That makes YOU “part of the problem” – the problem being ignorance. Had you taken ten minutes to do some actual research you’d have found out that every calamity predicted by the IPCC and Algore has failed to come to pass, making your purchase of the slow, hideous, noisy, clumsy piece of junk called the Prius pointless.
          (Yes we test drove one. It’s an appalling car.)

          Here, do some learnin:
          http://growershouse.com/air-water-co2/co2/co2-generators-burners
          Yes that’s right, you can buy CO2 generators to make your plants grow faster.
          What does that tell you?
          It tells you that more CO2 means a greener earth.

          I do hope this was acerbic and patronizing enough, I really have had it with you supercilious eco-boneheads.

          Let’s all give eco-nazis One Star.

          1. Oh, no. Here we go again. You’ve said all this before. Doesn’t it hurt?

            Who said CO2 was a pollutant? I did not. CO2 is a GREENHOUSE GAS. I thought everyone knew that. It means CO2 has the capacity to increase atmospheric temperature because UV rays pass enter the atmosphere, and are then trapped by CO2 molecules. Just like a greenhouse gets warmth from the sun, and glass keeps the heat from escaping.

            However, you know burning fossil fuels, like gasoline, do in fact produce pollutants and other harmful gases, like NO (Nitrous Oxide), CO (Carbon Monoxide) and particulates — don’t you? About 15% of the weight of gasoline is stuff other than carbon, and engines that spew that stuff out, along with other impartially burned carbon atoms. But anyway, the bigger problem is CO2 …the Greenhouse Gas.

            Most people have no idea how much CO2 humans spew into the atmosphere. Picture all the fossil fuels humans burned around the globe for the past, say, year. It is a lot. For example, the US burned over 7 Billion Barrels (42 gallons per barrel) of petroleum products alone in 2015. But don’t forget to add other fossil fuels, like coal and natural gas.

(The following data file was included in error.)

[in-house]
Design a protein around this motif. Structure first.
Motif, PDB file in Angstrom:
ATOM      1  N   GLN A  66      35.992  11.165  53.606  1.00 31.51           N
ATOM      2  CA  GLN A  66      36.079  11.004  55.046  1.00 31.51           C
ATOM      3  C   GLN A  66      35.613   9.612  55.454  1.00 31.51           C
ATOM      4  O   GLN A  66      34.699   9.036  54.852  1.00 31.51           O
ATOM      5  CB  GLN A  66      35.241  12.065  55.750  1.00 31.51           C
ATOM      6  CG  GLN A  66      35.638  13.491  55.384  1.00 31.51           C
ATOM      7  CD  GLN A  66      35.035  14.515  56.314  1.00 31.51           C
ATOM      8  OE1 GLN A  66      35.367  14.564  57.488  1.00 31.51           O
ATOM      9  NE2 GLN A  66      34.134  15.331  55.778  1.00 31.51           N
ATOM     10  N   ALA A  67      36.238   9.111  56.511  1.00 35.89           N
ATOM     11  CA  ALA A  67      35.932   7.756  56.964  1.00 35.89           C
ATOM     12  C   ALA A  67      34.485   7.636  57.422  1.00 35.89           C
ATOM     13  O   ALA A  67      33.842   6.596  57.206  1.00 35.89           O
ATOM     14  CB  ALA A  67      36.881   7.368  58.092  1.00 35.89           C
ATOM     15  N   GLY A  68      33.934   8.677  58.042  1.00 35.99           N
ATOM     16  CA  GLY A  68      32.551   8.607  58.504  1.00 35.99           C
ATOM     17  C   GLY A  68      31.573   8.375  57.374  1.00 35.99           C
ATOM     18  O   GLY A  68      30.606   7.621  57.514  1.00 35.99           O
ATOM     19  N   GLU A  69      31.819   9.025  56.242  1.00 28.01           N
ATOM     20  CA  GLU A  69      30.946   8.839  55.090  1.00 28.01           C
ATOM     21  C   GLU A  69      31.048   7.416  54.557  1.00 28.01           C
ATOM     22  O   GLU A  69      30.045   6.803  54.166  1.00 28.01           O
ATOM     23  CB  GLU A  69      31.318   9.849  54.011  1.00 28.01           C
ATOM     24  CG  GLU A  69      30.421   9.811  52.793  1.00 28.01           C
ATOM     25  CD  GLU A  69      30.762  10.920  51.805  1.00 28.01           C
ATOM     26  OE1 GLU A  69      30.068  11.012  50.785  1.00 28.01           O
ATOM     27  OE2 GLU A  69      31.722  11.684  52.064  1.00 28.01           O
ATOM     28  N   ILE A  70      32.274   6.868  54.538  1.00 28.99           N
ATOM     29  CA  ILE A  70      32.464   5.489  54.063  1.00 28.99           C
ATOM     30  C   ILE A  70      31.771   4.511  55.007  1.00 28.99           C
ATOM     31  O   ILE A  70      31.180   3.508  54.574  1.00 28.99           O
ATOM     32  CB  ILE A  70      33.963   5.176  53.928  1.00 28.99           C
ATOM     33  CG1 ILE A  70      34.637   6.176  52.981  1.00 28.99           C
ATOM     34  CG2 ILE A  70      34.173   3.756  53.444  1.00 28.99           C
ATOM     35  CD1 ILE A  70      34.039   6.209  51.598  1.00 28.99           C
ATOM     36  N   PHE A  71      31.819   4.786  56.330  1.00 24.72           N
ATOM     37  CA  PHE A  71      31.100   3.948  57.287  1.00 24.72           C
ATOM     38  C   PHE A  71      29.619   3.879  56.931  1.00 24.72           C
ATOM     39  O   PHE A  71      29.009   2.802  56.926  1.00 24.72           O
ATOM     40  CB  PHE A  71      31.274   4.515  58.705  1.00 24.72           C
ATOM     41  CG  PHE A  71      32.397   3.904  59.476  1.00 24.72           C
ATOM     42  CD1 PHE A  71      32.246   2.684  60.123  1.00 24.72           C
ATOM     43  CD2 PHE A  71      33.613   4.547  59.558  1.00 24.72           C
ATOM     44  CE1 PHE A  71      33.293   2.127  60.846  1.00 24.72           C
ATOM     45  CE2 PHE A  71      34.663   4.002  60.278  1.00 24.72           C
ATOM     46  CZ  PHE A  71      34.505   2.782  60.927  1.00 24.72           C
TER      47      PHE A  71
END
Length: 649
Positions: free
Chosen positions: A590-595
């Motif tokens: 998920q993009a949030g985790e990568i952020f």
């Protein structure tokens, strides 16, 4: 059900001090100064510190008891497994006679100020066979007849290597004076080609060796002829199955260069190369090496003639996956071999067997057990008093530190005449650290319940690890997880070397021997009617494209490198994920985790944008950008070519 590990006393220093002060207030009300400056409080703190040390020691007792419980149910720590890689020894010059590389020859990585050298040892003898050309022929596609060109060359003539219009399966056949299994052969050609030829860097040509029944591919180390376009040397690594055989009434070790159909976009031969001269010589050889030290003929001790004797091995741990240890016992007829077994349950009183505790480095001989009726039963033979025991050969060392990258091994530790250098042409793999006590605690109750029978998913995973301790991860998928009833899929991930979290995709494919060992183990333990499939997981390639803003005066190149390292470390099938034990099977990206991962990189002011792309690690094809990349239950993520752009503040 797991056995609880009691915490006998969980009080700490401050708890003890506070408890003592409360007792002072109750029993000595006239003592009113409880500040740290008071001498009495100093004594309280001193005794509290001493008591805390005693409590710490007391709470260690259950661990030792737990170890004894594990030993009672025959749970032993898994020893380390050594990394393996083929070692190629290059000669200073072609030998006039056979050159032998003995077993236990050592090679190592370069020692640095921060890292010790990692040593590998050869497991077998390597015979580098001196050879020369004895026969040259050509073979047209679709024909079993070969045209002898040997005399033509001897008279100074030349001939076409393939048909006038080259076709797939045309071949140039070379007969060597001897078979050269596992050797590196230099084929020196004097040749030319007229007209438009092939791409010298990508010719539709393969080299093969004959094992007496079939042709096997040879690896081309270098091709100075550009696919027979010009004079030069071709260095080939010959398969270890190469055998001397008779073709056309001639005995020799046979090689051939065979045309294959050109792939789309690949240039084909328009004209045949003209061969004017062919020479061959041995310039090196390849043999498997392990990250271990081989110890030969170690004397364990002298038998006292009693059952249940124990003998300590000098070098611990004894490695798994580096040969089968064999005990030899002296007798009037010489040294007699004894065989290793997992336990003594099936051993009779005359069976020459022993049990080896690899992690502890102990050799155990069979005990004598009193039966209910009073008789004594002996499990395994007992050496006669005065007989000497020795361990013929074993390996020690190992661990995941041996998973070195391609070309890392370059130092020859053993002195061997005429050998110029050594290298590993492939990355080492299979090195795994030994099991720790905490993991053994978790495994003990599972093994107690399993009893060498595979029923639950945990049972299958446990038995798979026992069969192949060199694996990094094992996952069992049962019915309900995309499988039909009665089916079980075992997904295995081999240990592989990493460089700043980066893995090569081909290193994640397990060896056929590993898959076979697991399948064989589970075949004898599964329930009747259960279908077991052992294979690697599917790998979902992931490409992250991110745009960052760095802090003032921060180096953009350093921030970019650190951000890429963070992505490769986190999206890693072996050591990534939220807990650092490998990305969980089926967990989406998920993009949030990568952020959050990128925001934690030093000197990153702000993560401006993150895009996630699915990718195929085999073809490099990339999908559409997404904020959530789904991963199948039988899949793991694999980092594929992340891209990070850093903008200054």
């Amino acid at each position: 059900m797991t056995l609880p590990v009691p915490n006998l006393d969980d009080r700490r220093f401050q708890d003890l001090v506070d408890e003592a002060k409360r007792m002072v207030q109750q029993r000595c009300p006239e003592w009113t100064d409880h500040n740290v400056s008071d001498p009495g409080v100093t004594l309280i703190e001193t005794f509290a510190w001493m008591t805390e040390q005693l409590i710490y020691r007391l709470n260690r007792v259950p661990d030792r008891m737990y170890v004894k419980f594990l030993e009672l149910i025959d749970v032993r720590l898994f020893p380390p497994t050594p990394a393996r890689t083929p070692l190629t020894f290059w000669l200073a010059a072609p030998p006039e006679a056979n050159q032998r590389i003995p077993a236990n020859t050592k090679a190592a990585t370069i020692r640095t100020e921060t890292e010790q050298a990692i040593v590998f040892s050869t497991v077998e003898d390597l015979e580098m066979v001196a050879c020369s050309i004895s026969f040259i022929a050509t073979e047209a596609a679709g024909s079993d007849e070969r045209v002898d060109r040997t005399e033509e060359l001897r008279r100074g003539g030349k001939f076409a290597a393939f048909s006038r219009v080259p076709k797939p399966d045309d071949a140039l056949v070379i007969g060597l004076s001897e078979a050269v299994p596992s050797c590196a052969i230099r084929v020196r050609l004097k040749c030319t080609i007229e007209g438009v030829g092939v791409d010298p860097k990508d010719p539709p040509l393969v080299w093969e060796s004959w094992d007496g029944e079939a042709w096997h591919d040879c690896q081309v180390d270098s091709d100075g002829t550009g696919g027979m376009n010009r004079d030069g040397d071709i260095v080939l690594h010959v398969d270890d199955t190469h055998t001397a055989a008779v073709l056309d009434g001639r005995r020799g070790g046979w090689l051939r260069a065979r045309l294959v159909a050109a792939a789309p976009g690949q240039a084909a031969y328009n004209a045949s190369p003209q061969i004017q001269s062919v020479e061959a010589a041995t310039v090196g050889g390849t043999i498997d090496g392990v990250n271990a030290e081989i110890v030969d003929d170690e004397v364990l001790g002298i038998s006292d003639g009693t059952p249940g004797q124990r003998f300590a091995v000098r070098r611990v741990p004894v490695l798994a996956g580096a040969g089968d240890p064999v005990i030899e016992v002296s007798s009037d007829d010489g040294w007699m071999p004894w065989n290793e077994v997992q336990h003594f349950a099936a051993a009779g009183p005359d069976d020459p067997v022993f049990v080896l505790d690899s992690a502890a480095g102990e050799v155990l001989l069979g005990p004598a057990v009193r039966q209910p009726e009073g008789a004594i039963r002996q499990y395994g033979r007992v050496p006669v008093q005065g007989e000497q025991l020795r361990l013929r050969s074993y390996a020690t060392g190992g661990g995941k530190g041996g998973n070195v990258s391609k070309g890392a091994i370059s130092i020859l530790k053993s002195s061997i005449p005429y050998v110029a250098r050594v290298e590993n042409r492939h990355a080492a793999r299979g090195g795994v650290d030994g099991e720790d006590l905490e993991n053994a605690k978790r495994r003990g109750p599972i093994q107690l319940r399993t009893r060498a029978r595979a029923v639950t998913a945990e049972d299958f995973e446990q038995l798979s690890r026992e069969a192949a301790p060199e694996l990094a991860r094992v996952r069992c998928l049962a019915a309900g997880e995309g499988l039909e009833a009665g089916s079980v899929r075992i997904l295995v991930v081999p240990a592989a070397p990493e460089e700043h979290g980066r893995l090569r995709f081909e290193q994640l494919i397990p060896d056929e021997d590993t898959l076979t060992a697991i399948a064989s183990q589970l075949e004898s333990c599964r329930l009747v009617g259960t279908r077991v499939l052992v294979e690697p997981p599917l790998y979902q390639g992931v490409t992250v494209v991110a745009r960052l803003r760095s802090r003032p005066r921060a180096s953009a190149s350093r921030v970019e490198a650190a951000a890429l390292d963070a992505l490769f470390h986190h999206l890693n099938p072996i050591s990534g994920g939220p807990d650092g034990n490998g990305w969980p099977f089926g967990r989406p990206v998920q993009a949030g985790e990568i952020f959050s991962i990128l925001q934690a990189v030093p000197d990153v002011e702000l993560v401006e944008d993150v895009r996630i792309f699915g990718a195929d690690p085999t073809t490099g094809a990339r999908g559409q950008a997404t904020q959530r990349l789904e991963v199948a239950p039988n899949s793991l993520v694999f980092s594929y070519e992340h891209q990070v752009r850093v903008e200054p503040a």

Then for the weight of all the carbon atoms in the fossil fuels (eg, gasoline is 85% carbon atoms, by weight), multiply by 3.67 to get the weight of CO2 that is produced when the fuel is combusted. It is a HUGE amount of CO2 spewed into the atmosphere, about half of which ends up in the ocean. Now do the same calculation for all the fossil fuels humans have ever burned.

            In the past 150 years, humans have added so much CO2 into the atmosphere that we have increased the concentration of CO2 in the atmosphere by one-third over the past 150 years. That is what the parts-per-million (ppm) concentration of CO2 in the atmosphere means. The absolute number is not as important as the relative change in the past 150 years, when humans have been burning fossil fuels like crazy.

            CO2 is not a rate-limiting step for plants: they get plenty of CO2 already. It is like oxygen for humans — after you get what you need, you can’t use any more.

            Enlighten yourself. Look it up — it is all available online. Dig out your Chemistry 101 textbook and look up combustion of carbon and oxygen atoms.

            Ignorance is unnecessary. You, Sir, are the reason I am starting to agree with Stephen Hawking that humans are on a path to self-annihilation.

    2. Mikey,

      You do realize gas is already heavily taxed and almost to a turning point. The Electric vehicle market is already scaring the hell out of every State Governor and budget office because by the time 2025 ever gets here, they won’t be able to balance a budget to save their ass. For every electric car or even 2 miles per gallon cars increase gas mileage, billions of budget dollars for schools, roads, bridges, improvement, etc. is lost.
      Don’t worry if you don’t have an SUV because they are going to start taxing your nasty air, food, water, etc more and more just to pay for roads for those SUV drivers anyway.